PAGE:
We welcome Bryant to the team, who will join Scott on our English blog.
Continuing with the subject of languages, today we will analyze German, which has a strong presence in the United States, Argentina, Brazil, Chile, and Mexico, all of which have received successive waves of German immigrants over the last 200 years. Currently, there are approximately 100 million German speakers throughout the world. The language is spoken in Germany, Austria, Switzerland, Liechtenstein, Luxembourg, in the French regions of Alsace and Loraine, and in the Alto Adige region of Italy.
These days, studying German opens up an infinite amount of doors, both professionally and commercially. On the one hand, being able to communicate with German peers/clients distinguishes you from the competition and adds fluidity to your negotiations. On the other hand, Germans happen to be among the most likely to travel and, consequently, consume abroad. Likewise, German has left an indelible mark in the world of literature and art, thanks to the geniuses of Goethe, Kafka, Bach, Mozart, and Beethoven, among others.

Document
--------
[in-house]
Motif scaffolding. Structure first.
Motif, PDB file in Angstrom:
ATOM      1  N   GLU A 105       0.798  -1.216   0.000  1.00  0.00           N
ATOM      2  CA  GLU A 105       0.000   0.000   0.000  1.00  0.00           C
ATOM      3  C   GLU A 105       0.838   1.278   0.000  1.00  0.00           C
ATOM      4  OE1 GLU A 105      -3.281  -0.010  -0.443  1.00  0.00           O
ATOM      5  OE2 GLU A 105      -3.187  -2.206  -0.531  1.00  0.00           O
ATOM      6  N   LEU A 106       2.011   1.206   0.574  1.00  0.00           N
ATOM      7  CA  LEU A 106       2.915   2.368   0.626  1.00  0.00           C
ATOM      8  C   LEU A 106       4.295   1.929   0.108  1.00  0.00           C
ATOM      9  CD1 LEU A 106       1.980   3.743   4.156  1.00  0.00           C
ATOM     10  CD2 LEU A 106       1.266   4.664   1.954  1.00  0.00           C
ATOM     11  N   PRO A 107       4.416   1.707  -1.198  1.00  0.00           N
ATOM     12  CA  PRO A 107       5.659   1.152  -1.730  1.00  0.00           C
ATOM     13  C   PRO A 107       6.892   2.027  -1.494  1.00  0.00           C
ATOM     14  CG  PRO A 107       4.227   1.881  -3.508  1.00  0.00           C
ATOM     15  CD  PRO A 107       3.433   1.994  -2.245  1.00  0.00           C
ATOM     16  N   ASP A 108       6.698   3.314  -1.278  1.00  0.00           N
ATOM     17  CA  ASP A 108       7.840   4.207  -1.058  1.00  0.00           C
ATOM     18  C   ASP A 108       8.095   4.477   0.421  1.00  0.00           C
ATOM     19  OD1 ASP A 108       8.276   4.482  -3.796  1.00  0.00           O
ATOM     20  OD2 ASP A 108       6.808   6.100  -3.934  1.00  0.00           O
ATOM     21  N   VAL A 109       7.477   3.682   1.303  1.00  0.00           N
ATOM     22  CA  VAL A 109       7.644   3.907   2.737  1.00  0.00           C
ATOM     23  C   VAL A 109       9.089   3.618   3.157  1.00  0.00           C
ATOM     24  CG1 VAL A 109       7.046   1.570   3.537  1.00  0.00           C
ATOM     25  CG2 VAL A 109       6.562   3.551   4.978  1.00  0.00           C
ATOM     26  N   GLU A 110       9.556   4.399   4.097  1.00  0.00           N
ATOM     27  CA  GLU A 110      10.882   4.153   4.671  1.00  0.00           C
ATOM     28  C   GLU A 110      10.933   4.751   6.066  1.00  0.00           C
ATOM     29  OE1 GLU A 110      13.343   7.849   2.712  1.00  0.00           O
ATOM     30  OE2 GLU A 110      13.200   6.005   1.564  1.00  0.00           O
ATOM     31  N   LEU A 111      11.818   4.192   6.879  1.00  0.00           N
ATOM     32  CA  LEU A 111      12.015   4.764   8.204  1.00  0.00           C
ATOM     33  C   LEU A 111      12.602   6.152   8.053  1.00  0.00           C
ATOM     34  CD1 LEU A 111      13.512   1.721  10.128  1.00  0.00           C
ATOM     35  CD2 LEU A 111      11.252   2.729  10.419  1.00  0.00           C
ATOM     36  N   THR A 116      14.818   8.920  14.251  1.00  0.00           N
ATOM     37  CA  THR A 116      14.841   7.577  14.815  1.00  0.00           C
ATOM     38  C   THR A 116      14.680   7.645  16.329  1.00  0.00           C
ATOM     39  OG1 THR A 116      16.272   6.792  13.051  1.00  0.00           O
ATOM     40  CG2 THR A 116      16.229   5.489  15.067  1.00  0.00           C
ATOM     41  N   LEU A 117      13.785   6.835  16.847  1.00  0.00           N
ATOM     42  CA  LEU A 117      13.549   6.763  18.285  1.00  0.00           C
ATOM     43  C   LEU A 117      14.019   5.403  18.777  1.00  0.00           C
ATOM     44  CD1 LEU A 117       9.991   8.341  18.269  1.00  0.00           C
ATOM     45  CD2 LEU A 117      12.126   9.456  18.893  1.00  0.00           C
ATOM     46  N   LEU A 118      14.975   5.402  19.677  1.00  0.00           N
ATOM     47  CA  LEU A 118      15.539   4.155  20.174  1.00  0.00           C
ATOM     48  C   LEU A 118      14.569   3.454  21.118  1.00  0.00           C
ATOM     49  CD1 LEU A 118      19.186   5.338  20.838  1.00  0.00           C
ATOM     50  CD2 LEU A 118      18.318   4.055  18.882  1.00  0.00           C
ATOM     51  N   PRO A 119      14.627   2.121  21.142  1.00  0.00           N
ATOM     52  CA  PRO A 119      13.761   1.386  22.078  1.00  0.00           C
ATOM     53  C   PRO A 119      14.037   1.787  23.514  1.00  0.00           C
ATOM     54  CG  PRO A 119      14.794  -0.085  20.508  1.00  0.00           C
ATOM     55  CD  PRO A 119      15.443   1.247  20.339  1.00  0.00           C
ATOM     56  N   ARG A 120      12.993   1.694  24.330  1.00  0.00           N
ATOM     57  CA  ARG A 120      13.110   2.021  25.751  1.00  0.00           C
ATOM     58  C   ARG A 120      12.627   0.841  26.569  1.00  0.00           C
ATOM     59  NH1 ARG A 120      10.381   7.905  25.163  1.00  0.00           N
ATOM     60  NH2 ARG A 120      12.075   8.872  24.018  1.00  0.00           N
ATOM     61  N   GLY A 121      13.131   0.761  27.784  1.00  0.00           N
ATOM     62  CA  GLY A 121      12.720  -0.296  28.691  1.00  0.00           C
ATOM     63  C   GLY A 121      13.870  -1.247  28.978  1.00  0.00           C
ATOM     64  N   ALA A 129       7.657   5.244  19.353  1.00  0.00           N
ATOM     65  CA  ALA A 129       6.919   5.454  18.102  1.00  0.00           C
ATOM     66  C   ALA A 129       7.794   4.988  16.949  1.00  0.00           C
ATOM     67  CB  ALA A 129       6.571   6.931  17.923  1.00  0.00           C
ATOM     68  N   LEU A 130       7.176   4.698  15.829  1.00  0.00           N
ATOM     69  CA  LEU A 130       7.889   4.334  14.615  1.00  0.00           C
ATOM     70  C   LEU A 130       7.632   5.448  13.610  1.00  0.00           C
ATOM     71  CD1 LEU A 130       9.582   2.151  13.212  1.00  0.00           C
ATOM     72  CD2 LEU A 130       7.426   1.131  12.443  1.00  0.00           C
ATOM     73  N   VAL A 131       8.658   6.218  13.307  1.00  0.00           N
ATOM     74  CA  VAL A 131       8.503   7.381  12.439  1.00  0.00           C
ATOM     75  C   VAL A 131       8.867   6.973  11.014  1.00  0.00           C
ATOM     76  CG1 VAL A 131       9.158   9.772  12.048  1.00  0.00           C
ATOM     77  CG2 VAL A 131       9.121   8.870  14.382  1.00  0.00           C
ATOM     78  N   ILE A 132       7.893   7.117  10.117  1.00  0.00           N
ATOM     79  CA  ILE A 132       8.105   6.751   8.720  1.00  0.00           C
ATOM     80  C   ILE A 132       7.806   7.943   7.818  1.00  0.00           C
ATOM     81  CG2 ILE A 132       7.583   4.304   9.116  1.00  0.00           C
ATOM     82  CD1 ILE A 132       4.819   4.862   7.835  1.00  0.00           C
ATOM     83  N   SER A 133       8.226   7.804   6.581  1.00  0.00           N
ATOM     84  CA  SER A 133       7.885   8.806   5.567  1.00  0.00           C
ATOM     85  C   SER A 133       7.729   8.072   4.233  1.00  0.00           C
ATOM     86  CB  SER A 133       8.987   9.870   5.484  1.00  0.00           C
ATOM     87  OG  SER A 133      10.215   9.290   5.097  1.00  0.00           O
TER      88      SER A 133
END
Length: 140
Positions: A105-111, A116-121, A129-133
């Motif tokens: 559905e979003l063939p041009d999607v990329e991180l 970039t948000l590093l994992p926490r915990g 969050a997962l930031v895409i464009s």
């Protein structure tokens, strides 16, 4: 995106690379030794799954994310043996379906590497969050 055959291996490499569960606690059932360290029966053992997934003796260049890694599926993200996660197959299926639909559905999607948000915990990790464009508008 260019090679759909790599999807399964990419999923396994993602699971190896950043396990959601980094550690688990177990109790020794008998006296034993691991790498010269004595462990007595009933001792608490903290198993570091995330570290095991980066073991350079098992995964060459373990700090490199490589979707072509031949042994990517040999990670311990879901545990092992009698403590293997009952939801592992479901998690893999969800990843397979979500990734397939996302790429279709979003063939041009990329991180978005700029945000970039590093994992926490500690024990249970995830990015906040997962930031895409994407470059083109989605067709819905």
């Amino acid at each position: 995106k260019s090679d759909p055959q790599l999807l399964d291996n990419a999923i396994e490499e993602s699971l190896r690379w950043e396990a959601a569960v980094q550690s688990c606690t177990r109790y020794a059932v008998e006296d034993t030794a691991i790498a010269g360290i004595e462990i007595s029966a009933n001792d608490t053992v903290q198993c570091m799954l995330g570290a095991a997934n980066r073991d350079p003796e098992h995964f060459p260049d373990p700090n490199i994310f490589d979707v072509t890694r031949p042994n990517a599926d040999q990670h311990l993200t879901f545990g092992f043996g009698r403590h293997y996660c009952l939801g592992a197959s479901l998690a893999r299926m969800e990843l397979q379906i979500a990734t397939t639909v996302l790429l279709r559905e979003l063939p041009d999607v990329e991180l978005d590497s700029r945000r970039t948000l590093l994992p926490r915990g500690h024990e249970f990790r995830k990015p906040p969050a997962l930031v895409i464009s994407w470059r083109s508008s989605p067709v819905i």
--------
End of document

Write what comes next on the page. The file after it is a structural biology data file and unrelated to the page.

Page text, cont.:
There are three grammatical genders in German: feminine, masculine, and neutral, each of which causes a certain inflection in a given sentence. There are four grammatical cases: nominative, accusative, genitive, and dative. Possessing an abundance of grammatical endings, German—unlike other languages—clearly identifies what the purpose of each word in a sentence is. There is a singular order to sentences because the subject and predicate do not fit in the regular place, especially when an adverb or a complementary preposition precedes the sentence. German is the creative language par excellence, given that it lends itself to new words through simple union. Thus, it is the preferred language in the scientific sphere, in which new terminology is constantly needed to denominate new processes and elements that have been discovered.